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By Havi Joshi
“Beautiful, fair-skinned girl needed for a handsome tall fair guy,” finding such a statement in the matrimonial section is a very common sight. Matrimonial ads for women almost always have “fair” as a prerequisite. In recent years, even men have been tapped by the fairness industry, they are being sold a false narrative that can be decoded from the advertisements claiming “fairness will make you desirable to women. “Fair makes you handsome”.
From TV commercials, newspaper ads to hoardings, it is a common sight of comparing before and after photos of people turning from ‘dark chocolate’ to ‘white chocolate’. I wish there was such a lotion available for the soul also! The advent of racism and the viewpoint that white colour is superior started with the birth of Imperialism in Africa, South America, and the Asia Pacific region.
The European masters or the British to be specific for India treated the people of the native land very badly. Only a few Indians would be offered top jobs, while most of them would be stuck doing menial jobs, Indians were denied access to British clubs and parties. In the theatres, the topmost rows used to be reserved for the British. One of the most famous examples of racism we remember is Mahatma Gandhi being thrown out of first-class in a train in South Africa, despite having a ticket.
Even today after 70 years of independence, we sort of have the same attitude. We watch advertisements which tell us that “You need to be fair to get a better job!”, “Oh, you’re dark? You’ll never find love!”, “Fairness can change your fate!”
India is a land of diversity, well diversity exists in colour too! From Kashmir to Kanyakumari and Kutch to Kibithu. Some are dark chocolate, some are white chocolate and many are milk chocolate. Many who are dark feel that they should do their best to become lighter, they may suffer from an inferiority complex, are often ashamed of themselves due to the skin colour and often face discrimination by the society.
They try almost everything available in the market from creams, powders, scrubs, facewash, and god knows what else! The market for fairness creams, bleaches and washes grow tremendously every year. It is approximated that the fairness industry in India pulls in approximately $450 million annually. One cannot change the skin colour/tone you are born with. Melanin, the polymer responsible for determining skin and hair colour does not change, even if it does, it’ll be temporary. On the contrary, they can harm your face causing allergies, dry skin, pimples, and even skin cancer since many contain hydroquinone, mercury, steroids, and countless other detrimental substances.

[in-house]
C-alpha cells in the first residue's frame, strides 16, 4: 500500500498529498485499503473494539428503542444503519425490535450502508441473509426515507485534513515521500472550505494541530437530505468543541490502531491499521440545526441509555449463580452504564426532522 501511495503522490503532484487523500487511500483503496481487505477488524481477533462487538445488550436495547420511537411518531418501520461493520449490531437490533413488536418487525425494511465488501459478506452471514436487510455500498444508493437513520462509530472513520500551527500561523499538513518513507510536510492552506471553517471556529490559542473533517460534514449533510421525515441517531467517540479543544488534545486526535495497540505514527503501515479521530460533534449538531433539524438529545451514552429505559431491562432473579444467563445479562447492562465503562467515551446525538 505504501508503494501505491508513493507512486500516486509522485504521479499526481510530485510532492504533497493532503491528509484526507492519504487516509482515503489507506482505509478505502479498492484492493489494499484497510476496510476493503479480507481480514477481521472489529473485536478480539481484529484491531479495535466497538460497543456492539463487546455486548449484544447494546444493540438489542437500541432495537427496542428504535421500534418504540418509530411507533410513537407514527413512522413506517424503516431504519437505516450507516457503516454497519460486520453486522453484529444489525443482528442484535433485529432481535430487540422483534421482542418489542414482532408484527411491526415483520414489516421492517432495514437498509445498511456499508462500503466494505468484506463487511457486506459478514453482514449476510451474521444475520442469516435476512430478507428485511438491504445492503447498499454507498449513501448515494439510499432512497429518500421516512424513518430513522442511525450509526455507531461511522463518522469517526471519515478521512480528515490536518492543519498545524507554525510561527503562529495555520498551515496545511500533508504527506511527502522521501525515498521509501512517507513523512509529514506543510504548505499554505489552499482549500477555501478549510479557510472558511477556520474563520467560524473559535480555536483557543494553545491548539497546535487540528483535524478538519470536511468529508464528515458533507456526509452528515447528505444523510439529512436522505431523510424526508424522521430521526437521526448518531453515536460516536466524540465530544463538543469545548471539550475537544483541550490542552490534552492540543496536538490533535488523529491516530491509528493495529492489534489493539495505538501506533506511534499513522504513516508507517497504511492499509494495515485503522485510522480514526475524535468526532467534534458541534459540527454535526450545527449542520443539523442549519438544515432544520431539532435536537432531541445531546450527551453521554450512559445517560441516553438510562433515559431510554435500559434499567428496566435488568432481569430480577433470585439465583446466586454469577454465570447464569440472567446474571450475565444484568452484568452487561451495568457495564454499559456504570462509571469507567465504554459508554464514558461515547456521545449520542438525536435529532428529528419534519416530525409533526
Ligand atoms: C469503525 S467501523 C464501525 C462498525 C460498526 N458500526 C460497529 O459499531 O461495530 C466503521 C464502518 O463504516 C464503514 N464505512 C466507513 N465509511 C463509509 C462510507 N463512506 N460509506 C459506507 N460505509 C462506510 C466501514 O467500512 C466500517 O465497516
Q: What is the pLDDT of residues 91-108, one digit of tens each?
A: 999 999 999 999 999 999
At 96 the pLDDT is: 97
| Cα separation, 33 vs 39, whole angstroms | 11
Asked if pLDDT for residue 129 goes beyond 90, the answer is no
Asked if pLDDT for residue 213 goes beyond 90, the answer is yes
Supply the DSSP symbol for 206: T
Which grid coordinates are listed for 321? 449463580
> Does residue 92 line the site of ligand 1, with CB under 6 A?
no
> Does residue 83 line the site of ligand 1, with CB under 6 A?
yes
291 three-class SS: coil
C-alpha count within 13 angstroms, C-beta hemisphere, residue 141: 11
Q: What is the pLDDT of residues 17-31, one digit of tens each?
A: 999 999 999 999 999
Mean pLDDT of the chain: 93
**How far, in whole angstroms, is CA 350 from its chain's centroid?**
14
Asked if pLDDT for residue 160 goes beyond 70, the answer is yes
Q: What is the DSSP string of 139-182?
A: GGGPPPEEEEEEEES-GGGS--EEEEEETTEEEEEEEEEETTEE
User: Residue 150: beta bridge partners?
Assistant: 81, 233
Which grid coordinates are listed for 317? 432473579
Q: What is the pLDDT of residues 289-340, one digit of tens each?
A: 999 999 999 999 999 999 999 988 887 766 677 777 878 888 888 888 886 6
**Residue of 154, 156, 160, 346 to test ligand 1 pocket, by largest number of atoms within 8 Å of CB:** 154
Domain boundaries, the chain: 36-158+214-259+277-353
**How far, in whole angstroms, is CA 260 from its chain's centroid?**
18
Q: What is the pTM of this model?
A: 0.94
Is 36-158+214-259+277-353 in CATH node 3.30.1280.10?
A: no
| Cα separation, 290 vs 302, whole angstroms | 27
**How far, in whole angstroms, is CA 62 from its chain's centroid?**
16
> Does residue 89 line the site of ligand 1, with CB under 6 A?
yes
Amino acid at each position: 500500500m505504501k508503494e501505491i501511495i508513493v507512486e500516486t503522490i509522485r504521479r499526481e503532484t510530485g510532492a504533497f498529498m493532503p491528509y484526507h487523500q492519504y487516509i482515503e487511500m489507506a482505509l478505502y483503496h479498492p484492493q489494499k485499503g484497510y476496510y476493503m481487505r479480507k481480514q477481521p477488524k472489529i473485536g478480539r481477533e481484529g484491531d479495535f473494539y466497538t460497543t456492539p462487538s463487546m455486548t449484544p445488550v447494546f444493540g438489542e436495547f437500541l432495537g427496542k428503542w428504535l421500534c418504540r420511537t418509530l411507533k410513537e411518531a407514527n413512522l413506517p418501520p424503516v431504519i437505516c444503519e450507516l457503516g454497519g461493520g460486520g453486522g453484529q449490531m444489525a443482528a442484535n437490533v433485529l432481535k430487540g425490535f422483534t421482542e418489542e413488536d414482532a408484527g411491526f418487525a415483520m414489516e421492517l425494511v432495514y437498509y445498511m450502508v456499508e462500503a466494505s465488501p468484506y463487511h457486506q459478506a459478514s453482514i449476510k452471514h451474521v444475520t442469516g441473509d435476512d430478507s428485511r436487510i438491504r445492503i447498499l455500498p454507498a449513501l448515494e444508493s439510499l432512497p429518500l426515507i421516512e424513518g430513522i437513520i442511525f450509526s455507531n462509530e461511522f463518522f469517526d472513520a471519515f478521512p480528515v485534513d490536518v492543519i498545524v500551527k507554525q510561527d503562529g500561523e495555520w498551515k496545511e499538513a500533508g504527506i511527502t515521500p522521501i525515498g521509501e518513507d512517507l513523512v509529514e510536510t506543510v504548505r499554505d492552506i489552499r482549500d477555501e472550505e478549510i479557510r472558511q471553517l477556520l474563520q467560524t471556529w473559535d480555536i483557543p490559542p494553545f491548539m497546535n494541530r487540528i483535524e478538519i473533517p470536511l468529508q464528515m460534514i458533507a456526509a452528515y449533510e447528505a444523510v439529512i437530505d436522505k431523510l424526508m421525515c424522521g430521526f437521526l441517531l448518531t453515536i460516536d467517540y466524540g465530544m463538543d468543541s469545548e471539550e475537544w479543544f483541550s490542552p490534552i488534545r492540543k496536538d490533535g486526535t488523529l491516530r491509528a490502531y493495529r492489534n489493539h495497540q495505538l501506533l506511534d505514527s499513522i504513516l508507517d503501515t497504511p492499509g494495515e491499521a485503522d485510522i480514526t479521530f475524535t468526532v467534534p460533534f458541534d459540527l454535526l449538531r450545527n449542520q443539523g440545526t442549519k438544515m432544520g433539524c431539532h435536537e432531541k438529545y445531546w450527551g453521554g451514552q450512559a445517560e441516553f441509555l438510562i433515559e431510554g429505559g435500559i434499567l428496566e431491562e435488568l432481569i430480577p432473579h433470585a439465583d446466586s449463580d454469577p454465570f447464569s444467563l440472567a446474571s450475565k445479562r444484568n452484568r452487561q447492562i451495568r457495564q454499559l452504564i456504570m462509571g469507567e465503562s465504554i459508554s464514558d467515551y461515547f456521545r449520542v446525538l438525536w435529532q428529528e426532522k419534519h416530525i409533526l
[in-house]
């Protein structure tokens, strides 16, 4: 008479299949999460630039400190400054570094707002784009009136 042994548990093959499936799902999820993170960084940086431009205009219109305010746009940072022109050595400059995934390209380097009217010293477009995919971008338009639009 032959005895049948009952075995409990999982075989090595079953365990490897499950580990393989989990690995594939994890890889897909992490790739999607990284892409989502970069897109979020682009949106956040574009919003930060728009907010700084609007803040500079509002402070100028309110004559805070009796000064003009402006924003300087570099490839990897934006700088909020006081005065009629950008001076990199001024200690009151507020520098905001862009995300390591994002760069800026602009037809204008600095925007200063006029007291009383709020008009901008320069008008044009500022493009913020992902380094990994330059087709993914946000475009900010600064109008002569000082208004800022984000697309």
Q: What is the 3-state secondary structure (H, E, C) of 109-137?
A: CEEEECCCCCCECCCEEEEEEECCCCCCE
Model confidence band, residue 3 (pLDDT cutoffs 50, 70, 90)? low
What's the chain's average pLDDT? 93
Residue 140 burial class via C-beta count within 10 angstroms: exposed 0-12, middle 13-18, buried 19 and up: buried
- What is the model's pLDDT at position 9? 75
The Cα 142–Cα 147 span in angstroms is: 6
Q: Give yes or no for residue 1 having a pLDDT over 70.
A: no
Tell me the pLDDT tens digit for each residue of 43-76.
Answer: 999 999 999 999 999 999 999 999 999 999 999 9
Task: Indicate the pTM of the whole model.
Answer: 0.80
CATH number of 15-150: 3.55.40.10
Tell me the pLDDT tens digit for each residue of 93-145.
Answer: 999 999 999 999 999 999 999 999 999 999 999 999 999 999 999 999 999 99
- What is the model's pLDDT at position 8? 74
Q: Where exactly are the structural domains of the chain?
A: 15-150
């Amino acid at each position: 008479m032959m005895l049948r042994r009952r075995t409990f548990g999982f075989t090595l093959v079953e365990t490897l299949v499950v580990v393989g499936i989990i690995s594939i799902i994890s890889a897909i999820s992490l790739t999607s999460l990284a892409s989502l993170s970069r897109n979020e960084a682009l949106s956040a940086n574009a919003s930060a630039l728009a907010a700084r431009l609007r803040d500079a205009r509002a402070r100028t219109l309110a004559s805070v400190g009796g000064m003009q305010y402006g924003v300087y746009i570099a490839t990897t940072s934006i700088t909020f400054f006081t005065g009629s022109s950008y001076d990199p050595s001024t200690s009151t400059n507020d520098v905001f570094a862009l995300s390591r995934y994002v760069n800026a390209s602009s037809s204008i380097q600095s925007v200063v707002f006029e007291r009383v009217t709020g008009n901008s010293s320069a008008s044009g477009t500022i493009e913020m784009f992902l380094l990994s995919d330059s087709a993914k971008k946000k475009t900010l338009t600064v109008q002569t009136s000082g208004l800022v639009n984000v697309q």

I am not against the usage of cosmetics and products that make your skin better, protect from harmful rays of the sun, cure acne, suntan, etc but why wear a mask on your face that’ll harm you in the long run? As far as tanning is concerned I feel that it’s a sign of hard work, it shows that you went out in the sun, toughened up, fought all odds and achieved your goals.
Indians discriminate against Indians only. Don’t believe me? Go check out any e-commerce sites and 99% of the time you will find white foreign models endorsing brands. Yes, even the sites that sell Indian traditional wear. White models are preferred over Indians and are even paid more and the Indians selected or make it big are fair of course. This is the demand of the market, these white models don’t land in India seeking jobs, they are specially called from East European countries like Ukraine.
I once volunteered for a photoshoot for a website, a gargantuan flashlight was set up to throw light on my face. When asked for the reason the photographer said fair skin will be more attractive on the website. Even when an Indian sees a foreigner passing by on the street with a comparatively fairer tone, they put the person on a pedestal, thinking “Wow, they’re so fair.” Since when and how did being fair become a means to evaluate one’s knowledge, success, charm, and beauty? We need to think about it. Deeply.
Social media applications used to communicate with friends usually have features of editing your photo in which you can instantly whiten your face! Editing applications are available which, apart from making you fair, can even give you a chiselled jawline and studded abs! Mobile phones have a camera as a prerequisite and nowadays with a front flashlight to make you look fair. Who are people fooling by faking themselves and not being true to themselves at times?
One of my friends, a patriot by heart who is fair-skinned often complains about getting remarks such as, “You don’t look like an Indian.” Being deeply hurt, she fails to understand what exactly is meant by “looking like an Indian” for there is no one way to look like an Indian, we are a nation of diversity.
Somewhere we have messed up with the concept of beauty. We have made fairness a synonym for beauty. I believe this is imbibed in the minds of Indians since childhood were books would portray ugly as a dark-skinned woman and beautiful as an immensely fair woman. A lot of campaigns such as “Dark is Beautiful”, “Unfair And Lovely”, “Brown n proud”, “Already Lovely” and others have stood up against this deep-rooted bias to make people more comfortable in their skin and to realize that there’s more to life than skin colour. Embrace your melanin and respect other’s melanin too. Your nature, profound knowledge about one’s subjects, professional competence, self-esteem, thoughts, accolades speak volumes about you, your skin colour doesn’t.
True beauty lies in the eye of the beholder.
“Beauty is as relative as light and dark” – Paul Klee